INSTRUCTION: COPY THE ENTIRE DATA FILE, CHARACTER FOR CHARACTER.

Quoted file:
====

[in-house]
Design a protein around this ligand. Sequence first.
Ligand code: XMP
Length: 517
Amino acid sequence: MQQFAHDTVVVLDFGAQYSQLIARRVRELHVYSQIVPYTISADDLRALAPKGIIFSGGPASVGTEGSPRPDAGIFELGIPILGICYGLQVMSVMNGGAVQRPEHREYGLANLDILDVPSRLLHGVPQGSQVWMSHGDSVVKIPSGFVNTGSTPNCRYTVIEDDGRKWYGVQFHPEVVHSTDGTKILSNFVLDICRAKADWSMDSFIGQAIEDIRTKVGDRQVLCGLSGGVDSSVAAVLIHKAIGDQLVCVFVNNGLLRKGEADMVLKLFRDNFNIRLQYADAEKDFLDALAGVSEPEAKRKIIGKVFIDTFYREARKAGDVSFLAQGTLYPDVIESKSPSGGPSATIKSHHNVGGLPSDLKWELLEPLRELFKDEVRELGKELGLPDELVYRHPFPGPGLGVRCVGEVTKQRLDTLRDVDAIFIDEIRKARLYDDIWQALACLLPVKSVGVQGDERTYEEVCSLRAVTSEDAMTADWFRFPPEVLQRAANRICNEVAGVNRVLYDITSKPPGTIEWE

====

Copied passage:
[in-house]
Design a protein around this ligand. Sequence first.
Ligand code: XMP
Length: 517
Amino acid sequence: MQQFAHDTVVVLDFGAQYSQLIARRVRELHVYSQIVPYTISADDLRALAPKGIIFSGGPASVGTEGSPRPDAGIFELGIPILGICYGLQVMSVMNGGAVQRPEHREYGLANLDILDVPSRLLHGVPQGSQVWMSHGDSVVKIPSGFVNTGSTPNCRYTVIEDDGRKWYGVQFHPEVVHSTDGTKILSNFVLDICRAKADWSMDSFIGQAIEDIRTKVGDRQVLCGLSGGVDSSVAAVLIHKAIGDQLVCVFVNNGLLRKGEADMVLKLFRDNFNIRLQYADAEKDFLDALAGVSEPEAKRKIIGKVFIDTFYREARKAGDVSFLAQGTLYPDVIESKSPSGGPSATIKSHHNVGGLPSDLKWELLEPLRELFKDEVRELGKELGLPDELVYRHPFPGPGLGVRCVGEVTKQRLDTLRDVDAIFIDEIRKARLYDDIWQALACLLPVKSVGVQGDERTYEEVCSLRAVTSEDAMTADWFRFPPEVLQRAANRICNEVAGVNRVLYDITSKPPGTIEWE